Well we all knew what was coming as soon as the NPP (National Patriotic Party) refused to accept the results declared by the Election commission on 09 December.  Thus on 28 December 2012 the NPP (National Patriotic Party) finally filed a petition at the Supreme Court to challenge President John Mahama’s victory in the election earlier in December.

The NPP believed the election results were rigged in favor of incumbent President Mahama who they claimed colluded with some officials of the EC to manipulate the results. After analysing the data from 26,000 polling stations the party found irregularities such as cases of over voting and instances when people not registered by the new biometric finger-printing system were able to vote. Lastly the NPP had calculated that there were 1.34 million extra votes cast, which if withdrawn from the final tally would make Mr Akufo-Addo the winner.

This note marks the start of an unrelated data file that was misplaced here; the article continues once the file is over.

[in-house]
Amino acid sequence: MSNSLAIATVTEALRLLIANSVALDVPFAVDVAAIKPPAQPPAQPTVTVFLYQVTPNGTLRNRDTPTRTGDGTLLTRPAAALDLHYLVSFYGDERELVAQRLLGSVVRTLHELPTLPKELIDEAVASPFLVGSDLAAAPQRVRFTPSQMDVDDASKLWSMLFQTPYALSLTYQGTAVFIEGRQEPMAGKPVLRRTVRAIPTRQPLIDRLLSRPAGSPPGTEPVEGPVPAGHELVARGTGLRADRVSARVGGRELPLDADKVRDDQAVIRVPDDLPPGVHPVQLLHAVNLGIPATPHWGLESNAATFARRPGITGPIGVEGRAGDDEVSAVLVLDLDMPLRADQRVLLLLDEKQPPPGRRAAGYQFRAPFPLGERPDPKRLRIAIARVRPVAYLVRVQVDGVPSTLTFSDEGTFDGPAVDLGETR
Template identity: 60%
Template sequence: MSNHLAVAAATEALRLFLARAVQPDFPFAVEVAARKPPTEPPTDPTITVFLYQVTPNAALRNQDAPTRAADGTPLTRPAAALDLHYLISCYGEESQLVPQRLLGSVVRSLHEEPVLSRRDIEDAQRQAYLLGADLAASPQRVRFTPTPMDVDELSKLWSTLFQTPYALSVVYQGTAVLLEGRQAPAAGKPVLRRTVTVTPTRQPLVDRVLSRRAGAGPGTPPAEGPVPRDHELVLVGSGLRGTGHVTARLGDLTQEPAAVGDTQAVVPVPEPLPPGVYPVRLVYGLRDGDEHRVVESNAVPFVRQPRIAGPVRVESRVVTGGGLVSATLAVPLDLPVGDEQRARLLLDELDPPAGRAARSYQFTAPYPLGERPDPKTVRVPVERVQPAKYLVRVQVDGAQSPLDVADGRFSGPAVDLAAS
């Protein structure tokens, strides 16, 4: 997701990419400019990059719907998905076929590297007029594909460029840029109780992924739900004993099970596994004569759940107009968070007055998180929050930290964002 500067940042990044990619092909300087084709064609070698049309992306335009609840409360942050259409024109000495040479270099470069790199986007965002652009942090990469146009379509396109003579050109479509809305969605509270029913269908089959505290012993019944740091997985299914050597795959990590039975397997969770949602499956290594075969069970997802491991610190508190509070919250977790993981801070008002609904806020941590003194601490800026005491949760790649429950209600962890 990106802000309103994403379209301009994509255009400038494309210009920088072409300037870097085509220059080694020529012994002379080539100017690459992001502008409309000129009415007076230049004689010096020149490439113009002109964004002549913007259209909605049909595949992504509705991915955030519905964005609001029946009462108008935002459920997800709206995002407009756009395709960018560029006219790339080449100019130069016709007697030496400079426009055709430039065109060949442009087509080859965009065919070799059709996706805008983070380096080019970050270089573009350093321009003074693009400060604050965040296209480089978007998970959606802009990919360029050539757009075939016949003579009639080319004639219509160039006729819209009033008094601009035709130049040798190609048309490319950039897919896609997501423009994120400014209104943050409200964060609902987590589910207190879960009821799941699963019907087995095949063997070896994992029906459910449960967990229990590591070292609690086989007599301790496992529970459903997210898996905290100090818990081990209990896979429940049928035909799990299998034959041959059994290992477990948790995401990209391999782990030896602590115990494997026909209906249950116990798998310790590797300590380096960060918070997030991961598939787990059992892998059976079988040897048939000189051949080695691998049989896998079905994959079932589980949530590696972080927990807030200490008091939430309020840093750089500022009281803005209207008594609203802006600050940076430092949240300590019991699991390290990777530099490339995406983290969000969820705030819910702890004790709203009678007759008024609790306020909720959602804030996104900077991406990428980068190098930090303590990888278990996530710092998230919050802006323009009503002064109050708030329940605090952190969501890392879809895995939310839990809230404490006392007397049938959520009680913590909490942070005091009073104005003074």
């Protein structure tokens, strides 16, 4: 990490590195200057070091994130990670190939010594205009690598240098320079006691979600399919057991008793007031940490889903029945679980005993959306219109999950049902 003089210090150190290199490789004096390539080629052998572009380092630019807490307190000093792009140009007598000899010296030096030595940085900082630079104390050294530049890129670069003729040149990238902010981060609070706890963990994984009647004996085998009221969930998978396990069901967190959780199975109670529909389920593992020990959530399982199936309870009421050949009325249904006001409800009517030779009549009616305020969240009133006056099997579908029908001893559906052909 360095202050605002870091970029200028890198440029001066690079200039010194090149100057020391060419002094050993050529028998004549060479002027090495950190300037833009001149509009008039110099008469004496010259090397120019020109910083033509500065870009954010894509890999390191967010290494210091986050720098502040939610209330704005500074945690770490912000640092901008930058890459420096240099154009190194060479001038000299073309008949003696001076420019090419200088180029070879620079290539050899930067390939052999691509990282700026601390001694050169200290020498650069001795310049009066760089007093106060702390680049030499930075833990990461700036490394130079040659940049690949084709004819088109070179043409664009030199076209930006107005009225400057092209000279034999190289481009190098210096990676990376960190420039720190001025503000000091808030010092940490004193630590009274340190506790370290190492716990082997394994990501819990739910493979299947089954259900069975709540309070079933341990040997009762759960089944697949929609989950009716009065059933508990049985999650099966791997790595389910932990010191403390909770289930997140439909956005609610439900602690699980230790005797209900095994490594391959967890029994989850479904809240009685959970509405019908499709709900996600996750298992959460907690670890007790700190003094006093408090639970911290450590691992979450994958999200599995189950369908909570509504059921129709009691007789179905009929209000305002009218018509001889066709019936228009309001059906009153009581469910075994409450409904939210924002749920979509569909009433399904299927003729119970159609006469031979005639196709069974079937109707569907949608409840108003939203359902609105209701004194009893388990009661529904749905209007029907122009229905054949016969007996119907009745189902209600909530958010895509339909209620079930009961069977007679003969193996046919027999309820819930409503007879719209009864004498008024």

Nana Akufo-Addo said it had not been an easy decision to go ahead with the challenge, but the evidence submitted was “mind-blowing and came as a shock even to sceptics in the party”.  He alongside Mahamudu Bawumia, his running-mate and Jake Otanka Obetsebi- Lamptey, chairman of the NPP filed the petition at the supreme court against the president-elect, John Dramani Mahama, the EC Chairman Kwadwo Afari- Gyan; and the EC itself.

When I initially thought about the ramifications if the NPP’s allegations are proved to be true, I could not help but think how damaging this petition may be to Ghana’s reputation as a tolerant and free democracy. However at the same time the fling of the petition shows democracy in operation with the NPP respecting the parameters of the constitution and filing the petition in accordance with the law. Moreover since rejecting the result the NPP have not sought to create unrest within the electorate but have remained calm and confident in collating their “mind blowing evidence”.